Vehicle Restorations

1961 - Vanguard Six

Vanguard 6 Wagon - Part 2 - Robert Bensley

Story by: Robert Bensley

I completed rust repairs of the body just before Christmas then moved on to the fuel tank, suspension and steering. The suspension and steering were straightforward requiring only cleaning, adjustment, replacement of the idler unit, rubber bushes and new shock absorbers. I’ve found Monroe’s website very helpful as no manufacturer lists shocks for Vanguards. However Monroe has an online parts selector where you can enter the top and bottom mounting type, extended and compressed length and it will show the closest matches. TR6 sway bar bushes fit the Vanguard 6 sway bar.

Tyre choice for Vanguards is now limited. The only affordable car tyre I found in 185/80 x 15 is the Federal SS657. Light truck tyres are available in the size but look out of place on cars. Antique Tyres have some of well known European brands in the size but they are quite expensive. I have not used the Federals before so time will tell how they go.

The fuel tank was an interesting case being heavily contaminated with some type of dried, finely powdered residue. I removed a bucket of this material by repeated washing with kerosene which was filtered and reused. A picture of the contents accompanies this report. The same material blocked the first 600mm of the fuel pipe and took days of soaking in carburettor cleaner and prodding with a piece of wire to remove. I have never before encountered this quantity of material in a fuel tank, even on cars older than this one. Some fuel residue is normal but not a bucket full. An inspection camera showed the inside of the tank to be rust free as much as I could see within a baffled tank.

What makes it more puzzling is the diary kept by the previous owner records that the car stopped running in 1974 with fuel blockage and the fuel tank was to be replaced. If the tank was then replaced or at least cleaned, how did it get so contaminated again by 1976 when the records suggest the car was permanently laid up? I can only guess the reason - perhaps some type of fuel additive which did not mix well into the petrol or maybe some type of coating was applied to the inside of the tank which later broke down. Certainly no fuel could reach the engine in the state it was in.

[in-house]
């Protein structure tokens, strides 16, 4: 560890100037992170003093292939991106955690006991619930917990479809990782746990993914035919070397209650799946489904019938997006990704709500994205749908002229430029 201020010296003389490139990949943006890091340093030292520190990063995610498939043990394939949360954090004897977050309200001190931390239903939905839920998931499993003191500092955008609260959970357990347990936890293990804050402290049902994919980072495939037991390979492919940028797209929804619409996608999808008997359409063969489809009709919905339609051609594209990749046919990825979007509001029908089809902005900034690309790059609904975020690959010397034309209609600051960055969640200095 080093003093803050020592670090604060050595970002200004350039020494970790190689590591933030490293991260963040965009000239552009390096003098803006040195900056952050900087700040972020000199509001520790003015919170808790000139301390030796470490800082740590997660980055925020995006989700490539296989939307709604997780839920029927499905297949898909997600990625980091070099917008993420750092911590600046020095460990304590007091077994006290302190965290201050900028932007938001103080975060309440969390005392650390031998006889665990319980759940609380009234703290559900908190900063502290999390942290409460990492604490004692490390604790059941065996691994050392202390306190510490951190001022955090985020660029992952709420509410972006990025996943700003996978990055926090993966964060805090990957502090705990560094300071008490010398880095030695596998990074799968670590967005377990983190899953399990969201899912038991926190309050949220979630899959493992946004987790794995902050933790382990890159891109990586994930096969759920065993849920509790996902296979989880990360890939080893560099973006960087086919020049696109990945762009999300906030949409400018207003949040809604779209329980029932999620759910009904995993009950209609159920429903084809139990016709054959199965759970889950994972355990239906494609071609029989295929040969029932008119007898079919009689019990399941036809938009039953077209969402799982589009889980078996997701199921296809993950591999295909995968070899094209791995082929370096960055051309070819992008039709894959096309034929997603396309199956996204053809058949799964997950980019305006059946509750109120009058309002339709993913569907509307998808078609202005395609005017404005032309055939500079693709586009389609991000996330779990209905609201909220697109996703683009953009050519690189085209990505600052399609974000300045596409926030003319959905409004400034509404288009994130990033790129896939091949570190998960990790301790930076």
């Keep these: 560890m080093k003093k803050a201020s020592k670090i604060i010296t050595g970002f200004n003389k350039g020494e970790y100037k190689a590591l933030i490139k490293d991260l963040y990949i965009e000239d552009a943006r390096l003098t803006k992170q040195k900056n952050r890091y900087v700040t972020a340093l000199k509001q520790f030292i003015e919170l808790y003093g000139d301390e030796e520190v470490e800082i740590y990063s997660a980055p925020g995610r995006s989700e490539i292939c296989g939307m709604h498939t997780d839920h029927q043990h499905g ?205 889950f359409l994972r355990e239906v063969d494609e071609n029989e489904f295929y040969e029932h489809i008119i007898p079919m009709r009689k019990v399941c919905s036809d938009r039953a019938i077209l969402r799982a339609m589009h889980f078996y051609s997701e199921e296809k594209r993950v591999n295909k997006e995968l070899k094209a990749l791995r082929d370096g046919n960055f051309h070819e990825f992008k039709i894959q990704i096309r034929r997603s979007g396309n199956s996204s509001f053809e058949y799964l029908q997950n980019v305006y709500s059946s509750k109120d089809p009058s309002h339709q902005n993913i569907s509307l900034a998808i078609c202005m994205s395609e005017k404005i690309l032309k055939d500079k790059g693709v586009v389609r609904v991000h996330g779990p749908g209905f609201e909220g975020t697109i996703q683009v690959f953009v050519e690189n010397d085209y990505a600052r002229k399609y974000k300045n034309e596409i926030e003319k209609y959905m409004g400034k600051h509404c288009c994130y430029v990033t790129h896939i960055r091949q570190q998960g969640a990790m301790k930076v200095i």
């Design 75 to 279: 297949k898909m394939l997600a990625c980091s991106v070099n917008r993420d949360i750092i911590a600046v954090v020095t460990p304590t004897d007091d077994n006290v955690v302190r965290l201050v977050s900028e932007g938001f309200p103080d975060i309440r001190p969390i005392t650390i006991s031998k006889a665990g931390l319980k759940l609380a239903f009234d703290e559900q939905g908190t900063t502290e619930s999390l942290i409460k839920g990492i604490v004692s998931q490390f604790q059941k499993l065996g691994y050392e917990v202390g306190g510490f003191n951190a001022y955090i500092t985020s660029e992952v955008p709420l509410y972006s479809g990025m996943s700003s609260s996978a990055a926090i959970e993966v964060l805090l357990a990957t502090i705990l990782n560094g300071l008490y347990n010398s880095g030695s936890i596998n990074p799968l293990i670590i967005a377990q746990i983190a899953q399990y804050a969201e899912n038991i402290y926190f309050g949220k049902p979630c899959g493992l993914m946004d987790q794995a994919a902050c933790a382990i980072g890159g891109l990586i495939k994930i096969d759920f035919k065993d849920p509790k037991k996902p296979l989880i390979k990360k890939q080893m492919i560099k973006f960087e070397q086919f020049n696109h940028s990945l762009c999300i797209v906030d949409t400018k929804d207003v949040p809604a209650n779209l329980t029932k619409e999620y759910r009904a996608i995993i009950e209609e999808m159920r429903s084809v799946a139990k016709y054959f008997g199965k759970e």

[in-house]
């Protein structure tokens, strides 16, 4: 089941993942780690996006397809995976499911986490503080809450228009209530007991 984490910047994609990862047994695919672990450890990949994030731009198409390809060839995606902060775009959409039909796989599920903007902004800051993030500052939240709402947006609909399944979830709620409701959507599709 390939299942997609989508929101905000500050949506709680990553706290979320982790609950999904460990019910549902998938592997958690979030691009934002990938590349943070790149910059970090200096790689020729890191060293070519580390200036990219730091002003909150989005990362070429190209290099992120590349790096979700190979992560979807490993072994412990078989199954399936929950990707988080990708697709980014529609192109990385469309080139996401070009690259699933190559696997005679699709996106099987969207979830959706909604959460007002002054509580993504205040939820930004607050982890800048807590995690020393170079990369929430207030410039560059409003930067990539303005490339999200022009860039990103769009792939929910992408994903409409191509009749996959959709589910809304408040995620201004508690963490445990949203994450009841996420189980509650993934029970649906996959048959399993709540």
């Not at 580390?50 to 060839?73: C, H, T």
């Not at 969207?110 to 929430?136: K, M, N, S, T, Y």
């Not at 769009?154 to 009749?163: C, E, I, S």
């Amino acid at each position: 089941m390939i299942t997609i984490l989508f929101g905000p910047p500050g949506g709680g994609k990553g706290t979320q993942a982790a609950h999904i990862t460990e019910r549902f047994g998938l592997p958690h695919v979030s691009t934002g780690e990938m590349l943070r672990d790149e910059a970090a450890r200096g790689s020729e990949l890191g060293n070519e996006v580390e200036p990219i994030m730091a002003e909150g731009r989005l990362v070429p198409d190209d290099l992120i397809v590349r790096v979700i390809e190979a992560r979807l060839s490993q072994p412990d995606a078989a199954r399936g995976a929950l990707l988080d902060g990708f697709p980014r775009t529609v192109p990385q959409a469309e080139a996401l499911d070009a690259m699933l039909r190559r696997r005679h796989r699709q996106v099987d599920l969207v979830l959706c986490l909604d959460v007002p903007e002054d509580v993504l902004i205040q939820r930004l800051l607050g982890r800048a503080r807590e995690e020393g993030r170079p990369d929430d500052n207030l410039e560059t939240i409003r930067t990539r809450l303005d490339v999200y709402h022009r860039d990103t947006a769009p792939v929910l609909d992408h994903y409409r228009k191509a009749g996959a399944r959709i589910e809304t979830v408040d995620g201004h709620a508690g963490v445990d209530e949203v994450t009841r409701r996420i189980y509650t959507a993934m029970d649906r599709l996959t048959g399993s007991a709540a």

I took the opportunity to restore the dashboard and padded dash top while the steering wheel was removed as the dashboard cannot be removed with the steering wheel in place. Vanguard 6 dash tops are vinyl covered foam glued to the metal dash fame, a similar method used on TR4 to 6. Unlike TRs, replacements are not available for Vanguards so a job for a trimmer. My trimmer wanted to reuse the foam to retain the original shape and gave me the job of separating the foam from the old cracked vinyl and gluing the foam back to the fame. I expected separating the vinyl would be difficult but it turned out to be not too bad taking about a day with a small knife. Fortunately a lot of the vinyl had been sun baked into a brittle biscuit-like layer which flaked off the foam. The rounded face was more time consuming requiring the glue to be cut bit by bit.

I’ll move on to the engine and gearbox over the winter months with the aim of having the wagon mechanically complete by next summer. These are from a later car – there was no engine in the wagon when I acquired it.

I’ve recently noticed my wagon has a DL sedan suffix on the commission number - W273DL. Wagons should have suffix of SC. The Commission plate is the correct one for the car as the number 273 matches the number stamped on the inner mudguard. It would seem someone in AMI made a mistake when stamping the commission number. Mistakes in the production of notes and coins make the examples more valuable so I live in hope this will apply to my wagon!

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  • 1961 Vanguard Six
    1961 Vanguard 6 Wagon - Part 2
  • 1961 Vanguard Six
    1961 Vanguard 6 Wagon - Part 2